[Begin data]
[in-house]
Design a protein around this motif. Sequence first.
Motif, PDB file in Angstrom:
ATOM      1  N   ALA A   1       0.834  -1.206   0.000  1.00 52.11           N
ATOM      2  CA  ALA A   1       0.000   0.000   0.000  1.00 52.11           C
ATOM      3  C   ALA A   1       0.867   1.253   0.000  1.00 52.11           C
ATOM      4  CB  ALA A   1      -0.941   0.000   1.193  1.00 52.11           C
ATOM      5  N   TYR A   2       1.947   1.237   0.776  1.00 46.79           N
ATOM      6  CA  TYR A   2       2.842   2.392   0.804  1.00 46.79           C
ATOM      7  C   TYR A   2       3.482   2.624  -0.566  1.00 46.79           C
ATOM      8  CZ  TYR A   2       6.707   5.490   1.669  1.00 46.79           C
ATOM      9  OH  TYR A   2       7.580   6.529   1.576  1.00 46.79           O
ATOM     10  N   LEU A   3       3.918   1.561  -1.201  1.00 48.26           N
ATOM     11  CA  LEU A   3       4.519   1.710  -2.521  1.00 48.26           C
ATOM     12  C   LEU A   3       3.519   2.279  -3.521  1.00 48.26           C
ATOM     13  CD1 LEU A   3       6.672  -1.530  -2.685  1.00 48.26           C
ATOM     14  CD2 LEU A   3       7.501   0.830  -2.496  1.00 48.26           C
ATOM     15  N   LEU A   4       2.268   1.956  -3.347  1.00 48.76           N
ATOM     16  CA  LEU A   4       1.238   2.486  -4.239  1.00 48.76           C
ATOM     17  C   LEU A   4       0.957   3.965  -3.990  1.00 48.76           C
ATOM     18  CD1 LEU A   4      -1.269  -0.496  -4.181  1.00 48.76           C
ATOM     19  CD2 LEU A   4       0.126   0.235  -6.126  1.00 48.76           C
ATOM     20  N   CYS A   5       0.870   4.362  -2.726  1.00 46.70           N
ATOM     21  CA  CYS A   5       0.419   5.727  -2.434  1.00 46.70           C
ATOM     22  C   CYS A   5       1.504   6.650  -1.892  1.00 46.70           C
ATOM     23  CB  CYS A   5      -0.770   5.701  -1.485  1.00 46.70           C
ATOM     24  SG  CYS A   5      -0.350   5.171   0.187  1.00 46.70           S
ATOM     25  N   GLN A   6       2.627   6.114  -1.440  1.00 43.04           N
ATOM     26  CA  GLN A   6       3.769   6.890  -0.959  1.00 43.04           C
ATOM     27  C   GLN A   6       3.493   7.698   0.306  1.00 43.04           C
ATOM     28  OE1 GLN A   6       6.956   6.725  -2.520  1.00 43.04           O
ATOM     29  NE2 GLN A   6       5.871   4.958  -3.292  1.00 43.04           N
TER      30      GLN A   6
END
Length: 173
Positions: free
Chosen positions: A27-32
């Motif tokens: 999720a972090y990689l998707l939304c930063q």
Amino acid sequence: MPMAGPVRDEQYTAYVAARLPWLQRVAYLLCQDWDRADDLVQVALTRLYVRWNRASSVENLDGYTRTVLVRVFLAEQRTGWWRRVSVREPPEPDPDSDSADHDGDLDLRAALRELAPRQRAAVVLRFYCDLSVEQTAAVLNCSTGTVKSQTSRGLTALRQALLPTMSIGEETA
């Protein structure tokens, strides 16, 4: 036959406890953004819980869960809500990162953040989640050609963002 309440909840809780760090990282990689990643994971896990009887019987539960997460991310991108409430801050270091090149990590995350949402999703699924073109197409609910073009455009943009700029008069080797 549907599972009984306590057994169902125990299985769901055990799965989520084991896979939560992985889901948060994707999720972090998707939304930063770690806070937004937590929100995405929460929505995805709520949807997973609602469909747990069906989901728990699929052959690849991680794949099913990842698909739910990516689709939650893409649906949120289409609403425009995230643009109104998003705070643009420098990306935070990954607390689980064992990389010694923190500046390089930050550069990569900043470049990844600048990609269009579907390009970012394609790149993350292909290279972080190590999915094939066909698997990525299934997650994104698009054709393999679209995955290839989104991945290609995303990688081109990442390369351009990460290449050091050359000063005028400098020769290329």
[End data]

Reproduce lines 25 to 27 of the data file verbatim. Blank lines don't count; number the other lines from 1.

ATOM     22  C   CYS A   5       1.504   6.650  -1.892  1.00 46.70           C
ATOM     23  CB  CYS A   5      -0.770   5.701  -1.485  1.00 46.70           C
ATOM     24  SG  CYS A   5      -0.350   5.171   0.187  1.00 46.70           S